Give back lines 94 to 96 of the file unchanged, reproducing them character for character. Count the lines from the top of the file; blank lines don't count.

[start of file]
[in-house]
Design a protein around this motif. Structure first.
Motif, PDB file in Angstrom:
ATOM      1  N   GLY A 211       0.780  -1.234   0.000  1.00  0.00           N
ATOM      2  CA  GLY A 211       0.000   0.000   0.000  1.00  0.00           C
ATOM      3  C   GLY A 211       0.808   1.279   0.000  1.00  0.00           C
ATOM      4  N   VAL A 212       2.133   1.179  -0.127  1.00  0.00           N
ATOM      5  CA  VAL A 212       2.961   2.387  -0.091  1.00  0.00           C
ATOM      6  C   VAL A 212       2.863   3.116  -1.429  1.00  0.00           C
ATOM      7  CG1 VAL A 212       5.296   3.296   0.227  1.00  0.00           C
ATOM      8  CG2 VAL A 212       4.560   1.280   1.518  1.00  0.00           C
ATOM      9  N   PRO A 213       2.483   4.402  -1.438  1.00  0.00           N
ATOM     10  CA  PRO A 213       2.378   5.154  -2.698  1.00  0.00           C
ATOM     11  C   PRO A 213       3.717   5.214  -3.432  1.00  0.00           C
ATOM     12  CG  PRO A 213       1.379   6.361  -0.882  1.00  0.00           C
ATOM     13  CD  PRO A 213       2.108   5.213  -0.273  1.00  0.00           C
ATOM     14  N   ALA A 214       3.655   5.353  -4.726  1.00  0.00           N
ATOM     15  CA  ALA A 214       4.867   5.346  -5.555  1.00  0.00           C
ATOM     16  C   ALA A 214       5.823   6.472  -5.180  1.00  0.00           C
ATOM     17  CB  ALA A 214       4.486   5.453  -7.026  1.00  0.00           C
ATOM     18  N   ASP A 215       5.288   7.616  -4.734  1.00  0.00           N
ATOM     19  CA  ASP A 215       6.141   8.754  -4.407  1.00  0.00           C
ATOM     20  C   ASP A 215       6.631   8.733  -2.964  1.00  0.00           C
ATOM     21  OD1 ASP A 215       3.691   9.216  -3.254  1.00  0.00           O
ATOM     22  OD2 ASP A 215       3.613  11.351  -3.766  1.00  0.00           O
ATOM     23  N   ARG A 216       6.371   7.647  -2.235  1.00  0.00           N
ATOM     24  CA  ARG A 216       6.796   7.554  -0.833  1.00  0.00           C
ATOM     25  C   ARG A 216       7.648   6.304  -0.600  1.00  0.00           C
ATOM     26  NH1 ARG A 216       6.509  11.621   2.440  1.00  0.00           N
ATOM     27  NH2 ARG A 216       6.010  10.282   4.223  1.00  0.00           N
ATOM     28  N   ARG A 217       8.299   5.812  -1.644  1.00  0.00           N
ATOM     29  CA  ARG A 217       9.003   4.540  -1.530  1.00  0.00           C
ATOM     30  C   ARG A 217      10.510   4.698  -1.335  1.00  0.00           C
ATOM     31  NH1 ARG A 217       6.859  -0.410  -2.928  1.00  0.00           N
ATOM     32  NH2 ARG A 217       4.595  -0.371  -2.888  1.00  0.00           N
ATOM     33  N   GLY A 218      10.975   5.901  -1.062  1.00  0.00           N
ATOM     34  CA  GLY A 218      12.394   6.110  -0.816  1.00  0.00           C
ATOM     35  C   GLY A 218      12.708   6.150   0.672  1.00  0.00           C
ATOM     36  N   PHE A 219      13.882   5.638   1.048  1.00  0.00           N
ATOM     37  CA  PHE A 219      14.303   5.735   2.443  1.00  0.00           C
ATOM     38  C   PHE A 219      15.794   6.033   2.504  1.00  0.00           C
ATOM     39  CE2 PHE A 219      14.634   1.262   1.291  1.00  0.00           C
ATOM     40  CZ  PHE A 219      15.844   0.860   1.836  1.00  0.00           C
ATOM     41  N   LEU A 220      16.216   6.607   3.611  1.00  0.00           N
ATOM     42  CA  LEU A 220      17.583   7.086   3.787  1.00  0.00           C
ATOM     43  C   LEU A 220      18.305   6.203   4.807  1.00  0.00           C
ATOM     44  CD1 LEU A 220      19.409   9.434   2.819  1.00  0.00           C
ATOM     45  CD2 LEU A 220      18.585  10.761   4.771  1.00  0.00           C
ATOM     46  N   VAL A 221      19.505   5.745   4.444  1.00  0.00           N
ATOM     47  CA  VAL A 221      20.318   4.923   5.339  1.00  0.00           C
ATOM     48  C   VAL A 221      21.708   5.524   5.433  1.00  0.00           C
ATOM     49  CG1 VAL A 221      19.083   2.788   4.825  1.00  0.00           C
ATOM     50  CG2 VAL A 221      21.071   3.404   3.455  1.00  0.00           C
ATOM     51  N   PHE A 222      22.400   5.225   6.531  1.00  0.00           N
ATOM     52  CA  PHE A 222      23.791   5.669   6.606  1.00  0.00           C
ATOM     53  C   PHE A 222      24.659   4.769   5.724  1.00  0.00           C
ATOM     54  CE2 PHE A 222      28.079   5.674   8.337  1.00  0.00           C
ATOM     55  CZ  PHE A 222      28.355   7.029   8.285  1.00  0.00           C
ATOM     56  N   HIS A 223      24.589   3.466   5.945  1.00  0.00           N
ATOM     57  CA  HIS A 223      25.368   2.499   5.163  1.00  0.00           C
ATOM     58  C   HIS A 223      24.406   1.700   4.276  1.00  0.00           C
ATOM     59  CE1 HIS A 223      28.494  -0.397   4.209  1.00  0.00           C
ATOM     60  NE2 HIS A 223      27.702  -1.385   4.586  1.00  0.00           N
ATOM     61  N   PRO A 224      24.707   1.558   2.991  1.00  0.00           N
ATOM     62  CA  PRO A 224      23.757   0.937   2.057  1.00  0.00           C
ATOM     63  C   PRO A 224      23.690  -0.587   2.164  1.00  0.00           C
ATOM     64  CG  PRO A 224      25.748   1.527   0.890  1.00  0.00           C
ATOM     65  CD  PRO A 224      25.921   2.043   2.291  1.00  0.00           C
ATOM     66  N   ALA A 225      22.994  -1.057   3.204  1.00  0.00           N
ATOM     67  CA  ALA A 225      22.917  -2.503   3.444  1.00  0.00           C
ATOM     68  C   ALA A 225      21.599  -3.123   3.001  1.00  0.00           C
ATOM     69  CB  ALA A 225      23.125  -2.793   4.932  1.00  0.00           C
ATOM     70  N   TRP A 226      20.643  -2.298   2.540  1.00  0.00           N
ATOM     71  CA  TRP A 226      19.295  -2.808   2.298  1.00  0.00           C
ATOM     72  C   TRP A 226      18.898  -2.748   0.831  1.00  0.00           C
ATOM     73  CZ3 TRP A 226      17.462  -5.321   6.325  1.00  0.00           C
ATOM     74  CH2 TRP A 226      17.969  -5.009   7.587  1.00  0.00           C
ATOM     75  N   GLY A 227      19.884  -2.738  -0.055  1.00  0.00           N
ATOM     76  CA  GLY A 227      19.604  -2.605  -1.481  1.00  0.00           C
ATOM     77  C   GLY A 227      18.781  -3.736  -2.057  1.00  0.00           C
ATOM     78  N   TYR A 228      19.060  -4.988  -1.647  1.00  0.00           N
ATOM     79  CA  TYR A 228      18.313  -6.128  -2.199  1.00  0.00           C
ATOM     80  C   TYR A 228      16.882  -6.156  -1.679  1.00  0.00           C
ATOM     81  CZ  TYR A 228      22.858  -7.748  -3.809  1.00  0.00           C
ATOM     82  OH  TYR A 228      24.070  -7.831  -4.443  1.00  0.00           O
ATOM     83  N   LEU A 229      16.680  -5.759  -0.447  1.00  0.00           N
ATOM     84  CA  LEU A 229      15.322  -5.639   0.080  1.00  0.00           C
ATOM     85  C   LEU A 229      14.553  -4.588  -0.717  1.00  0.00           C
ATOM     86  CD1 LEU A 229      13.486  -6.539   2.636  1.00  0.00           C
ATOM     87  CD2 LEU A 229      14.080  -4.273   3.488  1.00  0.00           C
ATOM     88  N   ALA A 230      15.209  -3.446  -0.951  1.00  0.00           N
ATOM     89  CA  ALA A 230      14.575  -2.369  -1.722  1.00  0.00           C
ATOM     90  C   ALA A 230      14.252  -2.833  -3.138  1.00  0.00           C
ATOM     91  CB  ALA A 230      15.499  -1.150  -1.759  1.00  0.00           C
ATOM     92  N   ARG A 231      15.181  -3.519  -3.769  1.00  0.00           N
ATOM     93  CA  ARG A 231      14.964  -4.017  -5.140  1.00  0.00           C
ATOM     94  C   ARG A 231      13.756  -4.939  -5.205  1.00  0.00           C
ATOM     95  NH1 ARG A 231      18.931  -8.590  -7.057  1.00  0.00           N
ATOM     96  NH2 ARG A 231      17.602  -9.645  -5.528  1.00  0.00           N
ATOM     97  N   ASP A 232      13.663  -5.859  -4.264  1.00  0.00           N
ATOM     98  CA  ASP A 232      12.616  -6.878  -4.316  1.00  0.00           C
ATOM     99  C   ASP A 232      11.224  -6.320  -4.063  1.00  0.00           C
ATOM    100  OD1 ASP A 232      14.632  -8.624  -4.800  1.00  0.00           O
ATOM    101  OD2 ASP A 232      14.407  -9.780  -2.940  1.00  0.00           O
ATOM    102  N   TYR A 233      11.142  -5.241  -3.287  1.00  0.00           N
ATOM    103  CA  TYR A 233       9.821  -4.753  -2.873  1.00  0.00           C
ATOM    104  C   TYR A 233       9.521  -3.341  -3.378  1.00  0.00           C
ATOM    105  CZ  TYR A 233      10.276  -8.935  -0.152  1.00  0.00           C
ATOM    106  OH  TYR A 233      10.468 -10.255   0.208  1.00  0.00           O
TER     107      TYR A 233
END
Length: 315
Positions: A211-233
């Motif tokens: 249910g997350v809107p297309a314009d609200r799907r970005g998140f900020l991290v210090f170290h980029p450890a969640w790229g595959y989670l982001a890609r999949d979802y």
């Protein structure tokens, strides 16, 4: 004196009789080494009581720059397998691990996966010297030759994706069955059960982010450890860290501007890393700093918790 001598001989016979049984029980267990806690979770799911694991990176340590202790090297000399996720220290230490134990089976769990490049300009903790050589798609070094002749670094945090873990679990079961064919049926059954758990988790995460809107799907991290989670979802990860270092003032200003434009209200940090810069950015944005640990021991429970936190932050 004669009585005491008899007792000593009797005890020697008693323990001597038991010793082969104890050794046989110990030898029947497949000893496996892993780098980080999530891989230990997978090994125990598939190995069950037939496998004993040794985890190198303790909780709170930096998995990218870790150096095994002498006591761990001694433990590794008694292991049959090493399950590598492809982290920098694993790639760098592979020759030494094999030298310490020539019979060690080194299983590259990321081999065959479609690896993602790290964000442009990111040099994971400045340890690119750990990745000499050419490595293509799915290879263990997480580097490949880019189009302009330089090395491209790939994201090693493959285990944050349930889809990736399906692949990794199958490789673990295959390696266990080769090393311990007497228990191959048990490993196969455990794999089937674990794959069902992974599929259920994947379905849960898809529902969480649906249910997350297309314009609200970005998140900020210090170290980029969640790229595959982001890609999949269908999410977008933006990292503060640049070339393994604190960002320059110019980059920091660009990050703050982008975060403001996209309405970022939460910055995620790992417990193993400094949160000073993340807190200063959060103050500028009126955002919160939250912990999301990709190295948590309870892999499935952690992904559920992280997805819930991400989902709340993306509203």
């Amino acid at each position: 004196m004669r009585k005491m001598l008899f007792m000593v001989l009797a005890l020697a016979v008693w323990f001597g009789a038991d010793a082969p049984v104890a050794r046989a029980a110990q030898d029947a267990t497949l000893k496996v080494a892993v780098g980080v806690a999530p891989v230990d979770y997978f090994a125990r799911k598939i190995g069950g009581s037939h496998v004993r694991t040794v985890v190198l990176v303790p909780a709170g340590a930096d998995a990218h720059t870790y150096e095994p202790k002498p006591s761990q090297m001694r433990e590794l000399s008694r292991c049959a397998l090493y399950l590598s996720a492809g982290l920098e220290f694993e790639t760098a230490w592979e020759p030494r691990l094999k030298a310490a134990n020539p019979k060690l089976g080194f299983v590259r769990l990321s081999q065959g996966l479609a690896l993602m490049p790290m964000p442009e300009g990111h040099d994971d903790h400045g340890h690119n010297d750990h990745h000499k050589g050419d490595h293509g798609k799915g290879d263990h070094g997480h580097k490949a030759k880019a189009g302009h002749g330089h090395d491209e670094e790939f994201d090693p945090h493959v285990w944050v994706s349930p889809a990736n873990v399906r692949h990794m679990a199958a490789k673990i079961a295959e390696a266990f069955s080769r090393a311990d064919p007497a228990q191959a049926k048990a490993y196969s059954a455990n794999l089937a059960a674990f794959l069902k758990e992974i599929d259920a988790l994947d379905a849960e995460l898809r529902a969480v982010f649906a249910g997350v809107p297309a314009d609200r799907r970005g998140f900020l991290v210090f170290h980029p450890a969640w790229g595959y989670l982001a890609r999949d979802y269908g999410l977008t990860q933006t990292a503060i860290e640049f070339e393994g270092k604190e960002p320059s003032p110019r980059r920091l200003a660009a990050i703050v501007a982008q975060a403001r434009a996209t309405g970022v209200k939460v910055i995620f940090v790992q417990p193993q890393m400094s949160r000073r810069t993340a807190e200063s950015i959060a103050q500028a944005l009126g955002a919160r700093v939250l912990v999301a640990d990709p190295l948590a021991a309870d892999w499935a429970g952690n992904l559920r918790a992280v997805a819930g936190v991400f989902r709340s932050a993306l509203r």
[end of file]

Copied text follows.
ATOM     91  CB  ALA A 230      15.499  -1.150  -1.759  1.00  0.00           C
ATOM     92  N   ARG A 231      15.181  -3.519  -3.769  1.00  0.00           N
ATOM     93  CA  ARG A 231      14.964  -4.017  -5.140  1.00  0.00           C